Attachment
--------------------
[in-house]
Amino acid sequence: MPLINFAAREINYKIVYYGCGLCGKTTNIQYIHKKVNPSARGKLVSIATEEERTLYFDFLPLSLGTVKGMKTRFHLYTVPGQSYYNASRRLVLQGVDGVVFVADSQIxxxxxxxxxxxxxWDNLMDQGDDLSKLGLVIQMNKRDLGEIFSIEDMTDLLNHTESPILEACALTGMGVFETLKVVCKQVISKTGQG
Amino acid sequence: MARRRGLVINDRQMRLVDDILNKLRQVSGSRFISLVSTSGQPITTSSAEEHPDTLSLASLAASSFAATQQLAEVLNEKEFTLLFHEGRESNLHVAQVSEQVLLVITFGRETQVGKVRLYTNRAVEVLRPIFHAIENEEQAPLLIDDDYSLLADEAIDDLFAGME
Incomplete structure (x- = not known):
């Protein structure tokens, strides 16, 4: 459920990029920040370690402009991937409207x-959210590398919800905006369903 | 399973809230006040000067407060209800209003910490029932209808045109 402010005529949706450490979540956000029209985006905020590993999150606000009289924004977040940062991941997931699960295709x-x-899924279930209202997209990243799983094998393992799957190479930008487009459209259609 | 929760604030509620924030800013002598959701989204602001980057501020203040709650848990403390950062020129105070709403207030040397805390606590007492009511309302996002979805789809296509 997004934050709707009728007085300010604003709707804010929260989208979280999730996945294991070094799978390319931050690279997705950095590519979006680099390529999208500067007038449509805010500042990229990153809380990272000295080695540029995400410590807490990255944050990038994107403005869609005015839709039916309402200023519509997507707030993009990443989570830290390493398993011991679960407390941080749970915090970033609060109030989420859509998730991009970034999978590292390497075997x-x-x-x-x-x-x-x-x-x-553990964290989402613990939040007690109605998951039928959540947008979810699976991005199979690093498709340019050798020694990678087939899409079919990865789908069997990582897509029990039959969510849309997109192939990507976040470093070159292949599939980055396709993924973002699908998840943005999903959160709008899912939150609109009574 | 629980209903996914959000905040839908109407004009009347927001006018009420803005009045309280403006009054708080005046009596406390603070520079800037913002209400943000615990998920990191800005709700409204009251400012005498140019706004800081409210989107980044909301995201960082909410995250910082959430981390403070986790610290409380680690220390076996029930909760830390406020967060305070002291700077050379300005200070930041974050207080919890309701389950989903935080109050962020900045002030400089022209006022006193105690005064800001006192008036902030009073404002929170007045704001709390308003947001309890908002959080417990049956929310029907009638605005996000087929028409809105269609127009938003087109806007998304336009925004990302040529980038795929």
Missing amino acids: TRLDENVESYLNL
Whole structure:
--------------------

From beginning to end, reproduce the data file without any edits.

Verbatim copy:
[in-house]
Amino acid sequence: MPLINFAAREINYKIVYYGCGLCGKTTNIQYIHKKVNPSARGKLVSIATEEERTLYFDFLPLSLGTVKGMKTRFHLYTVPGQSYYNASRRLVLQGVDGVVFVADSQIxxxxxxxxxxxxxWDNLMDQGDDLSKLGLVIQMNKRDLGEIFSIEDMTDLLNHTESPILEACALTGMGVFETLKVVCKQVISKTGQG
Amino acid sequence: MARRRGLVINDRQMRLVDDILNKLRQVSGSRFISLVSTSGQPITTSSAEEHPDTLSLASLAASSFAATQQLAEVLNEKEFTLLFHEGRESNLHVAQVSEQVLLVITFGRETQVGKVRLYTNRAVEVLRPIFHAIENEEQAPLLIDDDYSLLADEAIDDLFAGME
Incomplete structure (x- = not known):
């Protein structure tokens, strides 16, 4: 459920990029920040370690402009991937409207x-959210590398919800905006369903 | 399973809230006040000067407060209800209003910490029932209808045109 402010005529949706450490979540956000029209985006905020590993999150606000009289924004977040940062991941997931699960295709x-x-899924279930209202997209990243799983094998393992799957190479930008487009459209259609 | 929760604030509620924030800013002598959701989204602001980057501020203040709650848990403390950062020129105070709403207030040397805390606590007492009511309302996002979805789809296509 997004934050709707009728007085300010604003709707804010929260989208979280999730996945294991070094799978390319931050690279997705950095590519979006680099390529999208500067007038449509805010500042990229990153809380990272000295080695540029995400410590807490990255944050990038994107403005869609005015839709039916309402200023519509997507707030993009990443989570830290390493398993011991679960407390941080749970915090970033609060109030989420859509998730991009970034999978590292390497075997x-x-x-x-x-x-x-x-x-x-553990964290989402613990939040007690109605998951039928959540947008979810699976991005199979690093498709340019050798020694990678087939899409079919990865789908069997990582897509029990039959969510849309997109192939990507976040470093070159292949599939980055396709993924973002699908998840943005999903959160709008899912939150609109009574 | 629980209903996914959000905040839908109407004009009347927001006018009420803005009045309280403006009054708080005046009596406390603070520079800037913002209400943000615990998920990191800005709700409204009251400012005498140019706004800081409210989107980044909301995201960082909410995250910082959430981390403070986790610290409380680690220390076996029930909760830390406020967060305070002291700077050379300005200070930041974050207080919890309701389950989903935080109050962020900045002030400089022209006022006193105690005064800001006192008036902030009073404002929170007045704001709390308003947001309890908002959080417990049956929310029907009638605005996000087929028409809105269609127009938003087109806007998304336009925004990302040529980038795929």
Missing amino acids: TRLDENVESYLNL
Whole structure: